I don’t do much ID help any more but i chose to focus on areas of expertise. I’ve been on iNat since 2011 and at first i would literally see every plant observation on the continent, because iNat was so small. Over time it narrowed to just California and New England, and then i mostly stopped doing ID from California as my time there became further removed (i lived there until 2009) , the volume of observations increased, and taxonomy diverged more and more from what I knew. Eventually i stopped. In New England i narrowed to Vermont and mostly just to a small set of observers who i knew or who made observations i found interesting. But ultimately some personal life things came up and some gripes i have with how iNat works, so i just kind of stopped. Now i just do them if i come across them. But same applies for that, do what is fun. It stopped being fun for me so i stopped.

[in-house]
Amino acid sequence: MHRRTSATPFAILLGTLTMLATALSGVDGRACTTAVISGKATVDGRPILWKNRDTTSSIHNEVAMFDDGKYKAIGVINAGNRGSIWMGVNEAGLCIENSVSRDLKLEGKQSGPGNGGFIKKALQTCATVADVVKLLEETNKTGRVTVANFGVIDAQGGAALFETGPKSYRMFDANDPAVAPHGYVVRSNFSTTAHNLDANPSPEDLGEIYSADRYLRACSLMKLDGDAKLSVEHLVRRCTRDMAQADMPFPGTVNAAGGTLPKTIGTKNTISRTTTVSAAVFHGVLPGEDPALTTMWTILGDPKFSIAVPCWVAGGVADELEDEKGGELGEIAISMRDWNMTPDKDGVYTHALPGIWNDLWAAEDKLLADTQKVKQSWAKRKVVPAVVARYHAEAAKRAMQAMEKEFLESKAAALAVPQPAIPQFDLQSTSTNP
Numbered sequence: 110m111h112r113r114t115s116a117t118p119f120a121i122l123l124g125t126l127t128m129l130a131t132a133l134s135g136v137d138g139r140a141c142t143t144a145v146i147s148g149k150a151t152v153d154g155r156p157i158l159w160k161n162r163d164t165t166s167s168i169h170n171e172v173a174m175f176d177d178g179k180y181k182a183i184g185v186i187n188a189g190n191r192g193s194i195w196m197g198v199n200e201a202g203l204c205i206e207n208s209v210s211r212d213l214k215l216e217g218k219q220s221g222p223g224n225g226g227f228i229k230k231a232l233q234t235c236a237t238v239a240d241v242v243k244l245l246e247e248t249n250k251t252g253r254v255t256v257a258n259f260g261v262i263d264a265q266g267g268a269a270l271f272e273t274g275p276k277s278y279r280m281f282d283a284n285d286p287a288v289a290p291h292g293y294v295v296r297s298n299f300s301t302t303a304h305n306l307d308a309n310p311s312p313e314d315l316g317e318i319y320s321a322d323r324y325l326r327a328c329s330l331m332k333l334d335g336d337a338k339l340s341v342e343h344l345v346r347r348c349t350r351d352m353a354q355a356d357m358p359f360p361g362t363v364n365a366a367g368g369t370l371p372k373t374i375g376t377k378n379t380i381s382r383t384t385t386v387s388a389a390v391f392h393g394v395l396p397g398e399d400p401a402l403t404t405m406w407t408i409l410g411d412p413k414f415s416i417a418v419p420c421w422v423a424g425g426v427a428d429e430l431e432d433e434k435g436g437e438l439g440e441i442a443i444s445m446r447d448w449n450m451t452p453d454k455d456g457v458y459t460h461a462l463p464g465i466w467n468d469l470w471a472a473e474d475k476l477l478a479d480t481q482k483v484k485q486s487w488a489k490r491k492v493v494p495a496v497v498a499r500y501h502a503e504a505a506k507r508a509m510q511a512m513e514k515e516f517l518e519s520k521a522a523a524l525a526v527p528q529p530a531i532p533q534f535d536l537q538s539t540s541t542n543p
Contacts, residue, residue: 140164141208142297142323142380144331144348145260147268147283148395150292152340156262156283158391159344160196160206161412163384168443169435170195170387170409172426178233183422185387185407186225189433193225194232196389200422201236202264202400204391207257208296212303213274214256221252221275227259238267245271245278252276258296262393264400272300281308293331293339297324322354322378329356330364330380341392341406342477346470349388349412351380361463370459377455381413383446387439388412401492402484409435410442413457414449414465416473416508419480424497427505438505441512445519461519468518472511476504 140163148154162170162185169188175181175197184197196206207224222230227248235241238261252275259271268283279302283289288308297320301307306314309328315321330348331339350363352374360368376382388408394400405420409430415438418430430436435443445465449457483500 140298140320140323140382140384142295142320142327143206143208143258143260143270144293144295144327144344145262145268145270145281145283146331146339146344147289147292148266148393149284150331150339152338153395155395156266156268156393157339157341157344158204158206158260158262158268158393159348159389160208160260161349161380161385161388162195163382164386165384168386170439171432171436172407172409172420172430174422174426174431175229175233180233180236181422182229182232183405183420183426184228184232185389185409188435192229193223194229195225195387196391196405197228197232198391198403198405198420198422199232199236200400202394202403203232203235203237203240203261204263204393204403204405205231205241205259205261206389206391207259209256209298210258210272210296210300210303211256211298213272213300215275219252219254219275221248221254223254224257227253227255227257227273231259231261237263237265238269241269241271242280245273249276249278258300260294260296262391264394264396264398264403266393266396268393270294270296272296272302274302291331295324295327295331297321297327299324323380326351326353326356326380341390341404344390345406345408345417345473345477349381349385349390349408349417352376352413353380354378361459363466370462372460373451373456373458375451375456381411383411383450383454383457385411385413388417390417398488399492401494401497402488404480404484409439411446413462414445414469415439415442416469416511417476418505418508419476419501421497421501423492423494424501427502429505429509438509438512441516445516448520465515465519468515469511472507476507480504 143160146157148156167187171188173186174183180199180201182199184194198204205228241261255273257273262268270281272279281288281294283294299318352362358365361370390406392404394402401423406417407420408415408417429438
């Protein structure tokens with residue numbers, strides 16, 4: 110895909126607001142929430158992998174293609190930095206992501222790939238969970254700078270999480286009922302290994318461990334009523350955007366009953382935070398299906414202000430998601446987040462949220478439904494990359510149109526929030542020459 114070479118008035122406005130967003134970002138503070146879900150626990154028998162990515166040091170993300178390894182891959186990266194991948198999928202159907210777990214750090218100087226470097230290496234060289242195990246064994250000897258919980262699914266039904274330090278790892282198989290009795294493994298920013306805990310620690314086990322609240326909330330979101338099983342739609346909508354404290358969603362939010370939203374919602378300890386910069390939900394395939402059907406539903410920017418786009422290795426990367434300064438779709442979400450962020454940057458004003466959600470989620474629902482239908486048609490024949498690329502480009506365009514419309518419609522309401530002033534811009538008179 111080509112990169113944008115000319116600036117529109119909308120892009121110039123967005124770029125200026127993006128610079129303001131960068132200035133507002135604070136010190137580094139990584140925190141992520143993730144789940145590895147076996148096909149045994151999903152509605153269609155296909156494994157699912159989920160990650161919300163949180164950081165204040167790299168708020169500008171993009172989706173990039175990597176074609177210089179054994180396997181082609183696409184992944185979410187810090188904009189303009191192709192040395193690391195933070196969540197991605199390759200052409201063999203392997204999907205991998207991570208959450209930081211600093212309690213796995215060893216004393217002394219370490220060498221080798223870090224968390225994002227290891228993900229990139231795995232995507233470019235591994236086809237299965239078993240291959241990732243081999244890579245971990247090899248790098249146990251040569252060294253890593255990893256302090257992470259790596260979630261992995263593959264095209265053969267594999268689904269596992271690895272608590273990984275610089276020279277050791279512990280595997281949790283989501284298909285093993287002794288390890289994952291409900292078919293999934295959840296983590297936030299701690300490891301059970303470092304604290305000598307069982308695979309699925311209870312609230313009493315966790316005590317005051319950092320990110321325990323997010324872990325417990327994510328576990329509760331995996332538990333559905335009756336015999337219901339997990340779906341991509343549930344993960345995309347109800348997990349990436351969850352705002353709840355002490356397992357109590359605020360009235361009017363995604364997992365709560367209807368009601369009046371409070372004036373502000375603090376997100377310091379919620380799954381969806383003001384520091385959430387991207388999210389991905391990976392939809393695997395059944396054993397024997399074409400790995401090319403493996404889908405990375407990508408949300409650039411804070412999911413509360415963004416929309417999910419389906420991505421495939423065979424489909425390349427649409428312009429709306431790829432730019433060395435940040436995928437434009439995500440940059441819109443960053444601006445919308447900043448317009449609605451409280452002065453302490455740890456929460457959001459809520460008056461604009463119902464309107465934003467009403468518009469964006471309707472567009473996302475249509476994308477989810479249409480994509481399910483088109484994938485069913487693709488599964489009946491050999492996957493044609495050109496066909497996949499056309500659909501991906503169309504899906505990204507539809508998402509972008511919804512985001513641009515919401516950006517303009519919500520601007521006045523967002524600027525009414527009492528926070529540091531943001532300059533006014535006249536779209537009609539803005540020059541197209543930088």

I have a question in relation to this. If I find 17 patches of burdock in one day on a trail, 7 in one small area, 5 in another and the rest scattered, each patch being multiple plants. Is it all one observation? How do you deal with it?

Probably not one observation, but it is really up to you. In general, the best practice is for each observation to have one individual focal organism. If you want to make an observation of an individual from each patch, that is up to you. Most people probably wouldn’t, but if you have a specific reason to do so, there’s nothing wrong with it.

1 Like

This topic was automatically closed 60 days after the last reply. New replies are no longer allowed.